American Christians are in a constant battle, the battle against selfishness. Christians are commanded to love and honor others more than ourselves, requiring a lifestyle that stands in stark contrast with the cultural message of individualization. Every day, every moment, and every decision we make takes place on the battleground of self. Do I make decisions based on myself or others? Often, we don't even realize the battle. The culture around us has so ultimately influenced us that before we even know it, we are engulfed in selfish desires and making decisions that work best for us. It is not easy for a person to fight against a cultural and change their thought process. That is why we are practicing weekly fasting devotionals during the Lent season. Fasting forces us to take a moment and think beyond our self. It forces us to think about God, to remember how God has worked in the past, and to ask God to work now and forever more. Throughout this week of fasting, we are asking you to fast from yourself.
Selflessness is regularly addressed in the Scriptures. We are called to pick up our cross and follow God daily. We are given example after example of selflessness. The example I always go to is in Philippians 1:21-25
"For me, to live is Christ and to die is gain. Now if I live on in the flesh, this means
fruitful work for me; I don't know which one I should choose. I am torn between the two. I long to depart and be with Christ- which is far better- but to remain in the flesh is more necessary for your sake. Since I am persuaded of this, I know that I will remain and continue with all of you for your progress and joy in the faith, so that, because of my coming to you again, your boasting in Christ Jesus may abound."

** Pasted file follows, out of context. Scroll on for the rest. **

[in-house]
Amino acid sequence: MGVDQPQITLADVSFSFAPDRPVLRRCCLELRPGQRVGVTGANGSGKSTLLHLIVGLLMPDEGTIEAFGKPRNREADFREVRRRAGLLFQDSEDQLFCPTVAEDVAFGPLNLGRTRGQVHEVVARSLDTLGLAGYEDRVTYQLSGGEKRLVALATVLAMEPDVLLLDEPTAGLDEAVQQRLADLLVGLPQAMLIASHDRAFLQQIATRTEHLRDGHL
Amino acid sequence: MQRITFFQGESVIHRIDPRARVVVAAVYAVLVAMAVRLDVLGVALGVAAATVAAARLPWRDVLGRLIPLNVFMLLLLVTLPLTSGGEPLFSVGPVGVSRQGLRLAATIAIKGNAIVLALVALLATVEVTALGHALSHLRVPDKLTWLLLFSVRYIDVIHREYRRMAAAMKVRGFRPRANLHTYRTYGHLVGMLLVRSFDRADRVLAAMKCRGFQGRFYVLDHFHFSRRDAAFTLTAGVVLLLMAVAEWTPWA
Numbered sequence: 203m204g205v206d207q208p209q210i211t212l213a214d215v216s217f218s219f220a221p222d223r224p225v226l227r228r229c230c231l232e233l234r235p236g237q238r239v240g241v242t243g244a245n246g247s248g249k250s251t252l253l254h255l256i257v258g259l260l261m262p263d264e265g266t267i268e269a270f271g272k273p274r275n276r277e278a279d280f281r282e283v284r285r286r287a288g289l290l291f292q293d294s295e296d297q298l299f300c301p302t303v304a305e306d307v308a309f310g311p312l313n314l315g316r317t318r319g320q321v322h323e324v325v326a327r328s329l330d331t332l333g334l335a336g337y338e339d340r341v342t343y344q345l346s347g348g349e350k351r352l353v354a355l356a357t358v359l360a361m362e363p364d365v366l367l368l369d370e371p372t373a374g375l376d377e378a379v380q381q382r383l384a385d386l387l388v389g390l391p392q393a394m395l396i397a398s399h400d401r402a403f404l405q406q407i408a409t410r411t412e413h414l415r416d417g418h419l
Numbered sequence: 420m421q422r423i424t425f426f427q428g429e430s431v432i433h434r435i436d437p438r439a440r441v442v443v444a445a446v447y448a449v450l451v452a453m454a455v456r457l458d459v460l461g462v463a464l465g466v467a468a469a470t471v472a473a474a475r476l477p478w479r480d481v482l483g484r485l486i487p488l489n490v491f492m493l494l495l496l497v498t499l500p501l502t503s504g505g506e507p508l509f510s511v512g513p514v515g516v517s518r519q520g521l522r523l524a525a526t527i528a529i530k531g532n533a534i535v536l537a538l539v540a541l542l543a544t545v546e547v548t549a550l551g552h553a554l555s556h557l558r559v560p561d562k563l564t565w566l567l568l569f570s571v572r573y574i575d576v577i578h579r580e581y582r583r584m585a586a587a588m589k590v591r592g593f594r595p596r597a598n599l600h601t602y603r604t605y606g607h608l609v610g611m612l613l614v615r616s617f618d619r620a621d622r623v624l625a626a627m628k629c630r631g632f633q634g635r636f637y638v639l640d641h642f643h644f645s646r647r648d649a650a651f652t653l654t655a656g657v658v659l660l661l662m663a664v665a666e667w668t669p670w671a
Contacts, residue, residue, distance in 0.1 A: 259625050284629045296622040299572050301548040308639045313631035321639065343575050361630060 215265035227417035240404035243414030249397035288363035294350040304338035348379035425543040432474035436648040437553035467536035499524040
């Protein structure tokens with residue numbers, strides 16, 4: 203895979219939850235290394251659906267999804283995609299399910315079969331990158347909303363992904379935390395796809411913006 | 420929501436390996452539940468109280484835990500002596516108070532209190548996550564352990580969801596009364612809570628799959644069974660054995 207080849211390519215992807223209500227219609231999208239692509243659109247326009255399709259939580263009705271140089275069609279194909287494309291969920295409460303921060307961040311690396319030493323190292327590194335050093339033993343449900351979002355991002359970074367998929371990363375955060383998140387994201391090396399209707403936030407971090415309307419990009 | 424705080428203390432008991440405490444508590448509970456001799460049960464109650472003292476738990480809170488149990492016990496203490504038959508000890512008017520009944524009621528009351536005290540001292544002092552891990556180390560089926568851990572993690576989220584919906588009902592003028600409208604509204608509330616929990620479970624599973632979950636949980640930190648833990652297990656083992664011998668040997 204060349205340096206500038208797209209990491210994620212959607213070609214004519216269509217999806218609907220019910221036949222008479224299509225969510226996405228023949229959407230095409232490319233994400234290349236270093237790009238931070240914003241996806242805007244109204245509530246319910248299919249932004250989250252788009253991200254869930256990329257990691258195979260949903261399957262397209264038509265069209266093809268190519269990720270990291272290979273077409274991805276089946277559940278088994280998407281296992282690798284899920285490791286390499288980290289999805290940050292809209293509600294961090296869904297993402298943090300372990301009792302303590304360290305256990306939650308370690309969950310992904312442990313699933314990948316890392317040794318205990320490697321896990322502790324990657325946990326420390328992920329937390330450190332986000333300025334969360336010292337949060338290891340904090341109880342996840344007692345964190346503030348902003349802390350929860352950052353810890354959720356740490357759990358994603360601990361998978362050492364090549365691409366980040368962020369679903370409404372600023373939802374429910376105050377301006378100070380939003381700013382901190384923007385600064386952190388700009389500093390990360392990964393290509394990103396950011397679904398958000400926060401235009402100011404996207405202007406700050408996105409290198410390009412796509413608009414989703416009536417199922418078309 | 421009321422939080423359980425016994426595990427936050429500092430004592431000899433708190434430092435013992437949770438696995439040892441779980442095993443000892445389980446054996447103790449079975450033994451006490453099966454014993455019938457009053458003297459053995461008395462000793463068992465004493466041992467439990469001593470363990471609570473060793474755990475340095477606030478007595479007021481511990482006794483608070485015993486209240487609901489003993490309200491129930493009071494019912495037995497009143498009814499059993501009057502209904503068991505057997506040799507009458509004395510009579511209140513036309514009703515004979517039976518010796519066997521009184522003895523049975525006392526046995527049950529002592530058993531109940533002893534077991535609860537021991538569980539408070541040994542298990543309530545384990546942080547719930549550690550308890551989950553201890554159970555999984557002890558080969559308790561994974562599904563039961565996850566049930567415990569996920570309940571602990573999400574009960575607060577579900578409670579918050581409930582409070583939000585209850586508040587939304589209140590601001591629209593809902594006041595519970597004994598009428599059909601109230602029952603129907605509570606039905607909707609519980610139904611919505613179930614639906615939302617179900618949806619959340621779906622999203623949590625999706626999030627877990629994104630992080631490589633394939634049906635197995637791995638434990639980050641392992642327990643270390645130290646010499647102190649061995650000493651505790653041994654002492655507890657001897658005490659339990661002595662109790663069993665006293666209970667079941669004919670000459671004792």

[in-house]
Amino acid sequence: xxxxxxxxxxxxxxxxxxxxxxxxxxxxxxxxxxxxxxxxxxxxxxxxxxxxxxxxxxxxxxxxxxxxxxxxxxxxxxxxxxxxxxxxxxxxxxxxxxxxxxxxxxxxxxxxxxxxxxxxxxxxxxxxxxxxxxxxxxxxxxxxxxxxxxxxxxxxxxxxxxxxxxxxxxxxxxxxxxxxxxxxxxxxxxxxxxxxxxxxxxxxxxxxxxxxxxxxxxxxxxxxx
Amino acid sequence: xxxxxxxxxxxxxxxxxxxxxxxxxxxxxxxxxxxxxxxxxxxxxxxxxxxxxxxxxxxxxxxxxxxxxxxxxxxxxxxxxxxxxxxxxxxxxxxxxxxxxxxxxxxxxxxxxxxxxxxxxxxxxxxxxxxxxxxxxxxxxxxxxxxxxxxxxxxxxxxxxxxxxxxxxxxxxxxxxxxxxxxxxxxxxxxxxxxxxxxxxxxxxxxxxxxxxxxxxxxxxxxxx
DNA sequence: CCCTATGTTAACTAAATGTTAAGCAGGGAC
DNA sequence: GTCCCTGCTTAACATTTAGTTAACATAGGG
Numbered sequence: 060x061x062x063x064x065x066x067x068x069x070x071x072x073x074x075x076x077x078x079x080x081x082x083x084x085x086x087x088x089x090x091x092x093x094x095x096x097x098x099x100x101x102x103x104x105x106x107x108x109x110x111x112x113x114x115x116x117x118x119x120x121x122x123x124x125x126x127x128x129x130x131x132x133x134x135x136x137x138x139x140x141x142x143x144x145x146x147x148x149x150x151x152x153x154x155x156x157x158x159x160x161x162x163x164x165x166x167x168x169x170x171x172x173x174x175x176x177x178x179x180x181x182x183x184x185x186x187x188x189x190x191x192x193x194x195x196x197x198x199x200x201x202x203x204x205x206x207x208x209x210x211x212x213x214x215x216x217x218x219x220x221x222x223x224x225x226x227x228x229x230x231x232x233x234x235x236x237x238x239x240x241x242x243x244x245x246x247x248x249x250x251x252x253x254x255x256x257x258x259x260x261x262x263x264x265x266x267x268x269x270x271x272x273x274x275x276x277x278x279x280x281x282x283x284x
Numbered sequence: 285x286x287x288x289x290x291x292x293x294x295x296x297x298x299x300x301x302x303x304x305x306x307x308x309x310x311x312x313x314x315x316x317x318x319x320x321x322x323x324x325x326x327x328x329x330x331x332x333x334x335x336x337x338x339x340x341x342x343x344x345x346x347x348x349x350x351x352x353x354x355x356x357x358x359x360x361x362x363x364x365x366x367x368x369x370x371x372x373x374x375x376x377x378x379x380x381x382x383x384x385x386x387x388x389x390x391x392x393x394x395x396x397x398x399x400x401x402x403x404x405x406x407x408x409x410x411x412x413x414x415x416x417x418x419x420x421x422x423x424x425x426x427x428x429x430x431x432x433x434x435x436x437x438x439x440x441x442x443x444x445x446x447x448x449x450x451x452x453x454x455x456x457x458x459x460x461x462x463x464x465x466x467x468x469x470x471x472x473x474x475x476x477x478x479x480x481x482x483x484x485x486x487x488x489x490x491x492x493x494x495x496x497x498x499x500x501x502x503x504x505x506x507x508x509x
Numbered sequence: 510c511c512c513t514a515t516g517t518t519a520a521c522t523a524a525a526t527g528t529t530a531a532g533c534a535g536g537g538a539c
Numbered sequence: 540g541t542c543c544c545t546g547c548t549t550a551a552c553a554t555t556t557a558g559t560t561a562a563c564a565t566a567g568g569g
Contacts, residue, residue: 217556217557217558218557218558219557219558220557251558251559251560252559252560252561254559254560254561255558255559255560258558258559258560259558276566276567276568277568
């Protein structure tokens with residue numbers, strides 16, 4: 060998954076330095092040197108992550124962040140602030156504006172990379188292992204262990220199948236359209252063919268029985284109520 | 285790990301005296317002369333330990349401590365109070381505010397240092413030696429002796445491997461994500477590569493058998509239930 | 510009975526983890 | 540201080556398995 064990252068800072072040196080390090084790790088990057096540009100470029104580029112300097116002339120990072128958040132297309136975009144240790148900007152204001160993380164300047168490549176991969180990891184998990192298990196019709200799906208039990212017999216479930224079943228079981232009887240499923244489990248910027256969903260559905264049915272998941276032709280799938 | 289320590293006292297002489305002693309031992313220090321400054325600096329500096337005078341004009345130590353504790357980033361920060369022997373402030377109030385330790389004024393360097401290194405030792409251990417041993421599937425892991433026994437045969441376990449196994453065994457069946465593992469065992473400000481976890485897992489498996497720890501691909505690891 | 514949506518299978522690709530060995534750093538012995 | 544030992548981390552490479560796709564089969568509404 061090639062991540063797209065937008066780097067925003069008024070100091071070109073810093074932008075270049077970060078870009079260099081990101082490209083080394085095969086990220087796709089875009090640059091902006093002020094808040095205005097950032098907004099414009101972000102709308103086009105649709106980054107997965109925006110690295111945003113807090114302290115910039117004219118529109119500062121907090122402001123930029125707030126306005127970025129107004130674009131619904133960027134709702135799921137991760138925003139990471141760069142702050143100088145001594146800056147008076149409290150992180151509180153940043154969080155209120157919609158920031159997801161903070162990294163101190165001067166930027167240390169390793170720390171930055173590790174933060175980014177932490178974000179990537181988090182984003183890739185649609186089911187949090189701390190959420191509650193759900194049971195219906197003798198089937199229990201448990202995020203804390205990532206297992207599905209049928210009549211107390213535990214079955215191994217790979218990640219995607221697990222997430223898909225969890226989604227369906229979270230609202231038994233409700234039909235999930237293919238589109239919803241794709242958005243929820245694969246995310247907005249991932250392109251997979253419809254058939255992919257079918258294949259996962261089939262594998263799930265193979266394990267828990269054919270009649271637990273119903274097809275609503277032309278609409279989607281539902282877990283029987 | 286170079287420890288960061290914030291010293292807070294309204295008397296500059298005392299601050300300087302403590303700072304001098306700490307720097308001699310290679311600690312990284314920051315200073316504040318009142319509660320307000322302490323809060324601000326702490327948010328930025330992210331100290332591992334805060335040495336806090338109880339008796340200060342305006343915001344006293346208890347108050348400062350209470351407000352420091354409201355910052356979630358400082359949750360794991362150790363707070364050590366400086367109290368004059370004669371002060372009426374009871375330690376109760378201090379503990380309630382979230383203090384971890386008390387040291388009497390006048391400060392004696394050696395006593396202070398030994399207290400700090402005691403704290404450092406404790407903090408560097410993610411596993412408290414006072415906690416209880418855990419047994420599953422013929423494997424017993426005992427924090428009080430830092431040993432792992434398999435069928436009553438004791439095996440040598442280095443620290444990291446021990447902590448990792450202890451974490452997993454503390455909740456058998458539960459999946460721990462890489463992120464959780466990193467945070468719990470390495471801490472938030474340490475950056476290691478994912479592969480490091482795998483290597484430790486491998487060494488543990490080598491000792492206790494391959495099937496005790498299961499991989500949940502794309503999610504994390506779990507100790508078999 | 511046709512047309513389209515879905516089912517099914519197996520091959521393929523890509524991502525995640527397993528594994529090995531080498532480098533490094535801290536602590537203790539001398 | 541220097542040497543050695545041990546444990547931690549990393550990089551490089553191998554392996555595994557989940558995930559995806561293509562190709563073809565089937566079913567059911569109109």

At this point, Paul had been through a lot in the name of Christ. No one would have blamed him if he have “called it quits.” But his focus was on others. He would stay on earth to keep teaching, correcting, rebuking, and encouraging for their benefit.
Now I know that most, if not all, our decisions are not life and death. But the point is to have such a focus, heart, and honor for others that we would do things for their benefit instead of our own. During the wintertime since we have lived at our house, I make an intentional effort to shovel, and snow blow one of my neighbor's driveways. It is an easy, tangible thing I can do for them. It was much needed this past winter as the husband was undergoing cancer treatment. I do not give this example to pat myself on the back and say look how great Michael is. In fact, the opposite, I usually try to do things for others without being noticed.
We must be intentional in our selflessness. But that is why it is a challenge. Our church, even our city, has been through a lot this year. It has been a tough year. There are plenty of opportunities to focus on others. I encourage you to be intentional with your neighbors and do something for them without expecting anything in return. But we do have a couple of families that need the body of Christ. This week let us focus on others and, at least for
one decision, and break the cycle of focusing on self.
Written by Michael Chadwick